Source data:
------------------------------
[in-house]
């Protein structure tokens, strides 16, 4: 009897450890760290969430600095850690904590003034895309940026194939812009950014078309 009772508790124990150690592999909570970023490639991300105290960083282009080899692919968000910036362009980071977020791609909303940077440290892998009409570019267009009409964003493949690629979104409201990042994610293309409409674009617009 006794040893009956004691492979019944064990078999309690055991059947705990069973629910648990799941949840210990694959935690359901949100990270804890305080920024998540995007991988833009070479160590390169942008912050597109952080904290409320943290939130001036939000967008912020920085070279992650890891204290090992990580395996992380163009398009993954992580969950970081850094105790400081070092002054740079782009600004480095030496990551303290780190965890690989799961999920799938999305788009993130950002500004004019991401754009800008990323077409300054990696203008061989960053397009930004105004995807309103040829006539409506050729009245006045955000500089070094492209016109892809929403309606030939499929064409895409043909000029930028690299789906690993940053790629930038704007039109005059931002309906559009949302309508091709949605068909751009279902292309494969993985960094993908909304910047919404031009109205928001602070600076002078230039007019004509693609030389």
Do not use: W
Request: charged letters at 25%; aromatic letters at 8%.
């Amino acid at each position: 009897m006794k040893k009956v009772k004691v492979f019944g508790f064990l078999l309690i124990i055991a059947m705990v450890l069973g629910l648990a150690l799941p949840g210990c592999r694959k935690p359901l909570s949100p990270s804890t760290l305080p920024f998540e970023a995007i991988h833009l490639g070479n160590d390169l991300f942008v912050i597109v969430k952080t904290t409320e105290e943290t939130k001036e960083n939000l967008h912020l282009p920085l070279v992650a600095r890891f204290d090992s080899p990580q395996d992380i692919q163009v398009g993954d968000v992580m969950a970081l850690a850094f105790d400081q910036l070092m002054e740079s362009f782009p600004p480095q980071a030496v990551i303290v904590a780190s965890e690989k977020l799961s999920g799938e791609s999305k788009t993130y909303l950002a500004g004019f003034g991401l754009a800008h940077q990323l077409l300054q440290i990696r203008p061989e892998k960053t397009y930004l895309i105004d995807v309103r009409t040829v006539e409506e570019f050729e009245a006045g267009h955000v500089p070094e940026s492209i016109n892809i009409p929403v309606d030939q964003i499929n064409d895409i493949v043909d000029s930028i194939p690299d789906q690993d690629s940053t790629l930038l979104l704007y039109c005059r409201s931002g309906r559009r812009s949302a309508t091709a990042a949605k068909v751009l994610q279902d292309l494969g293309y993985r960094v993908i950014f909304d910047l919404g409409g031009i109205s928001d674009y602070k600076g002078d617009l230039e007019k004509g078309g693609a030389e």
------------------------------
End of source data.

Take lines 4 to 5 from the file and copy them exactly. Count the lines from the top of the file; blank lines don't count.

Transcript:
Request: charged letters at 25%; aromatic letters at 8%.
């Amino acid at each position: 009897m006794k040893k009956v009772k004691v492979f019944g508790f064990l078999l309690i124990i055991a059947m705990v450890l069973g629910l648990a150690l799941p949840g210990c592999r694959k935690p359901l909570s949100p990270s804890t760290l305080p920024f998540e970023a995007i991988h833009l490639g070479n160590d390169l991300f942008v912050i597109v969430k952080t904290t409320e105290e943290t939130k001036e960083n939000l967008h912020l282009p920085l070279v992650a600095r890891f204290d090992s080899p990580q395996d992380i692919q163009v398009g993954d968000v992580m969950a970081l850690a850094f105790d400081q910036l070092m002054e740079s362009f782009p600004p480095q980071a030496v990551i303290v904590a780190s965890e690989k977020l799961s999920g799938e791609s999305k788009t993130y909303l950002a500004g004019f003034g991401l754009a800008h940077q990323l077409l300054q440290i990696r203008p061989e892998k960053t397009y930004l895309i105004d995807v309103r009409t040829v006539e409506e570019f050729e009245a006045g267009h955000v500089p070094e940026s492209i016109n892809i009409p929403v309606d030939q964003i499929n064409d895409i493949v043909d000029s930028i194939p690299d789906q690993d690629s940053t790629l930038l979104l704007y039109c005059r409201s931002g309906r559009r812009s949302a309508t091709a990042a949605k068909v751009l994610q279902d292309l494969g293309y993985r960094v993908i950014f909304d910047l919404g409409g031009i109205s928001d674009y602070k600076g002078d617009l230039e007019k004509g078309g693609a030389e």